US-based Pennsylvania State University, University of Minnesota and University of Minnesota have changed its intellectual property (IP) rules to potentially allow corporations that sponsor research at the academic institutions to keep the rights.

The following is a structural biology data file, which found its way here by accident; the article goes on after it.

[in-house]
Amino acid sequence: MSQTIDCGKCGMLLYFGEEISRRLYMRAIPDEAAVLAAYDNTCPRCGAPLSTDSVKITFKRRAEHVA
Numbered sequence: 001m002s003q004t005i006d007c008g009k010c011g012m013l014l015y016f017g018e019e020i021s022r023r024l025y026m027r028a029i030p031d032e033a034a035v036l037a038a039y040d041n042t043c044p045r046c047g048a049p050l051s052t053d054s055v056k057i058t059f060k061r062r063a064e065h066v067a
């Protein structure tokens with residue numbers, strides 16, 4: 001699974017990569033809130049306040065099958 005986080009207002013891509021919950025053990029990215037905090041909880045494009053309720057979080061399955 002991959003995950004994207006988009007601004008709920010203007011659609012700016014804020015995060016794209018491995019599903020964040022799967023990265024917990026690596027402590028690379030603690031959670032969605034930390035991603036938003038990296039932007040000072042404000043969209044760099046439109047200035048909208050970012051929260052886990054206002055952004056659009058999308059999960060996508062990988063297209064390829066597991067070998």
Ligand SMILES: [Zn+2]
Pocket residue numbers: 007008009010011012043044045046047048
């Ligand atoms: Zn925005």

US-based Pennsylvania State University, University of Minnesota and University of Minnesota have changed its intellectual property (IP) rules to potentially allow corporations that sponsor research at the academic institutions to keep the rights. Previously, the Penn State university owned the intellectual rights and controlled the use of technology that came from faculty research but in the future negotiations about ownership will take place with consultation from the involved faculty, according to news provider Centre Daily.com. The IP rules don’t apply to government-sponsored research. Penn State had $785.3m worth of sponsored research in its 2009-10 academic year, according to the Fiscal Year 2010 US Licensing Activity Survey, which was released last month by the Association of University Technology Managers. The University of Minnesota has also changed its rules to allow companies sponsoring research to prepay a fee of 10% of the contract, or $15,000, whichever is highest. And, if sales from the licensed IP are greater than $20m, the company will pay a 1%royalty fee, Centre Daily.com added. Under its Minnesota Innovation Partnerships programme, companies that sponsor research at the University of Minnesota will also be able to pre-pay a fee and receive a worldwide patent on the intellectual property.

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